Nick O’Halloran suffering Body Integrity Identity Disorder: A question of dealing with mental illness vs amputating his right leg?
UK man, Nick O’Halloran, 29, has caused consternation with his unrelenting bid to have his perfectly healthy leg amputated. Amputated because in Nick’s mind his leg doesn’t recognize his his leg as his own.
Hobbling around with crutches, his right leg heavily bandaged to the knee, strapped behind him, O’Halloran tells anyone who will listen that his right leg is alien and foreign and that he is desperate to have it finally amputated.
According to a report via the dailymail, O’Halloran feels that his leg from three inches below his right hip doesn’t belong to him. The result of a rare neurological condition which makes sufferers unable to recognize parts of their own body.
Suffering from a syndrome known as Body Integrity Identity Disorder (BIID), inflected individuals are prone to wanting to become paraplegic or blind. A state of mind drawn by one’s sense of feeling deficient or not measuring up to a perfect ideal.
Notes a website that specializes in BIID: ‘Many psychologists and neurologists have ventured theories into what causes this type of thought. The common leading idea is that Body Integrity Identity Disorder, or BIID, occurs when the brain is not able to provide an accurate plan of the body. In this case, the brain sees the offending limb as being foreign and not actually a part of the person, thus the desire to have it removed.
Some medical experts have also come up with theories that explain a more psychological source of the issues. One of these theories is that a a person with BIID may have seen an amputee at an earlier age and this image has replaced their own thoughts about what constitutes the ideal person. Therefore, to become a better person, they feel that a certain limb or appendage will have to be amputated.’
According to the former special needs teacher, so pungent is the pain and discomfort he is forced to wear the bandages, which in effect intensify the appearance of the man having already had his leg amputated.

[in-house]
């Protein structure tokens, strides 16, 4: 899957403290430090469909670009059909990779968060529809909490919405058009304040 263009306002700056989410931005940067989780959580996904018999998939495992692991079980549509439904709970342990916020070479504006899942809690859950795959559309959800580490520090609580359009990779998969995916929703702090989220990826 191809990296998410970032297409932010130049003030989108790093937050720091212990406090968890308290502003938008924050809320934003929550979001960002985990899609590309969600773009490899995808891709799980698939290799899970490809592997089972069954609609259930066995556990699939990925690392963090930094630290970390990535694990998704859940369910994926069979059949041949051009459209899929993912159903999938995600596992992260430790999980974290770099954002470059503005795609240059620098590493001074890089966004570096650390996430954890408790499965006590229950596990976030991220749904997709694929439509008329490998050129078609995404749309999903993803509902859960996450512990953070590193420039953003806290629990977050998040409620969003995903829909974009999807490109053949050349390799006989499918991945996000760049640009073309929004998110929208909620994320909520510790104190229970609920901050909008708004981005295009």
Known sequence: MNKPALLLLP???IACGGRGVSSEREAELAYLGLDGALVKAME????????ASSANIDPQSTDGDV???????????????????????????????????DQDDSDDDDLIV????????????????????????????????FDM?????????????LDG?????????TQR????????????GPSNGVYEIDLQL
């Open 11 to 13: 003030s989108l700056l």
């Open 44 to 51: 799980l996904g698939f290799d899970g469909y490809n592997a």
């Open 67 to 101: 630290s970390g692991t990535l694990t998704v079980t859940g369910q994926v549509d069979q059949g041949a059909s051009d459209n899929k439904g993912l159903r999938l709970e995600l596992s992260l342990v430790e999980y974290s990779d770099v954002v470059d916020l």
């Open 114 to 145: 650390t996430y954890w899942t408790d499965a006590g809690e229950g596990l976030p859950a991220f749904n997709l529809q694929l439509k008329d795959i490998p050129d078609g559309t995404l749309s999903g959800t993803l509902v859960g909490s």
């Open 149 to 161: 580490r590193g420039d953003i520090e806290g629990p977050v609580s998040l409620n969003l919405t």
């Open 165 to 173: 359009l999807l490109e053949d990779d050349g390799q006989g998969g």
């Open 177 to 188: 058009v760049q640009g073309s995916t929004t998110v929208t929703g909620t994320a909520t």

Providing the patient has undergone rigorous testing, including psychological tests, it is legal for surgeons to remove healthy limbs.
But following an outcry in 2000 after two amputations were carried out at Falkirk and District Royal Infirmary, NHS surgeons in Scotland have stopped performing the procedure.
In turn, O’Halloran has resorted to injecting his leg with medical grade alcohol in the hope of damaging it so badly that that doctors who refuse to remove a healthy leg will reconsider.
So desperate is Nick that he even lost £20,000 to an online scammer known as a ‘gatekeeper’, people who claim they can introduce them to surgeons willing to amputate.
Told the man, ‘I couldn’t report it to the police. How do you explain it?’.
Explaining how extreme his desire to remove his leg has become, Nick responds, ‘I thought about putting the leg on a train track. The desperation is that extreme.’
Adding: ‘I remember vividly around the age of ten feeling like something wasn’t right. I had this disgust toward my right leg. It was only when I was older and began studying psychology at university that I realized it had a name.
‘It just feels like it shouldn’t be there.’
Reiterates the resolute man: ‘I want it to be amputated. That’s my end goal. It is really the only way that I can see a future where I am happy and comfortable with myself.’
So pernicious has O’Halloran’s obsession with his leg become that he had to quit his job last year. Upon confiding to his GP he was put on medication for obsessive compulsive disorder and depression.
Last May, he went to Haymarket Station in Edinburgh, intending to throw himself under a train but was saved by staff.
Explains Dr Anna Sedda, assistant professor in psychology at Heriot Watt University, an expert on BIID, ‘he has a perfectly normal response to disgust’.
Adding, ‘but there is a specific difference when it comes to the amputation of body parts.’
Reiterated the afflicted O’Halloran: ‘The NHS only treats BIID as a mental health issue. I don’t believe for a second that I have OCD. Hospital priority is always to restore and recover, so there’s no way they’d remove a healthy limb.
‘If they would just give me the amputation, I’d be happier and healthier and cost the NHS less in the long run.’
Which is to wonder wouldn’t the NHS and Nick O’Halloran both be better off if they got to the bottom of sufferer’s mental anguish and helped sufferers accept their state of being? Of is that like forbidding someone born in a man or woman’s body wishing to cross over to the other ‘right’ sex that they are too ill and shouldn’t be allowed to make the switch, even if it is their body?